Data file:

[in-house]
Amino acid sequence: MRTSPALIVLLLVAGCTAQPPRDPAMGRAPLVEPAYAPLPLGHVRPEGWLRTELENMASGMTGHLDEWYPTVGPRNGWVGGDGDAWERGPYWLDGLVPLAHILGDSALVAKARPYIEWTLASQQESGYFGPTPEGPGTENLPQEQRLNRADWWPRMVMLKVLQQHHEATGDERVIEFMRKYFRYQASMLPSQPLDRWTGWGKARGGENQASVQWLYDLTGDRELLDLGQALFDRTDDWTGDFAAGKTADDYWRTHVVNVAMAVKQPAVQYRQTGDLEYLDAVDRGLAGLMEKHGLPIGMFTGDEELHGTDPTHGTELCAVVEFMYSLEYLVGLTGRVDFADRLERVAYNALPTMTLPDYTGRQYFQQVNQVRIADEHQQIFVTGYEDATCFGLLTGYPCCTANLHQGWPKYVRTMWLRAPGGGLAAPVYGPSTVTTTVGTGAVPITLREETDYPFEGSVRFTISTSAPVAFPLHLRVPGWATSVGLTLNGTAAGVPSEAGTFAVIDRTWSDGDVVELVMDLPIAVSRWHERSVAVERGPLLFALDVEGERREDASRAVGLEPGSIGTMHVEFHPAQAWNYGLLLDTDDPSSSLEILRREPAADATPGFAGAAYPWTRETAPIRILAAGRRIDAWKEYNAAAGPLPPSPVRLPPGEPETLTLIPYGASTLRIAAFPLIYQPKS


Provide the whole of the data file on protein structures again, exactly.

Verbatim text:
[in-house]
Amino acid sequence: MRTSPALIVLLLVAGCTAQPPRDPAMGRAPLVEPAYAPLPLGHVRPEGWLRTELENMASGMTGHLDEWYPTVGPRNGWVGGDGDAWERGPYWLDGLVPLAHILGDSALVAKARPYIEWTLASQQESGYFGPTPEGPGTENLPQEQRLNRADWWPRMVMLKVLQQHHEATGDERVIEFMRKYFRYQASMLPSQPLDRWTGWGKARGGENQASVQWLYDLTGDRELLDLGQALFDRTDDWTGDFAAGKTADDYWRTHVVNVAMAVKQPAVQYRQTGDLEYLDAVDRGLAGLMEKHGLPIGMFTGDEELHGTDPTHGTELCAVVEFMYSLEYLVGLTGRVDFADRLERVAYNALPTMTLPDYTGRQYFQQVNQVRIADEHQQIFVTGYEDATCFGLLTGYPCCTANLHQGWPKYVRTMWLRAPGGGLAAPVYGPSTVTTTVGTGAVPITLREETDYPFEGSVRFTISTSAPVAFPLHLRVPGWATSVGLTLNGTAAGVPSEAGTFAVIDRTWSDGDVVELVMDLPIAVSRWHERSVAVERGPLLFALDVEGERREDASRAVGLEPGSIGTMHVEFHPAQAWNYGLLLDTDDPSSSLEILRREPAADATPGFAGAAYPWTRETAPIRILAAGRRIDAWKEYNAAAGPLPPSPVRLPPGEPETLTLIPYGASTLRIAAFPLIYQPKS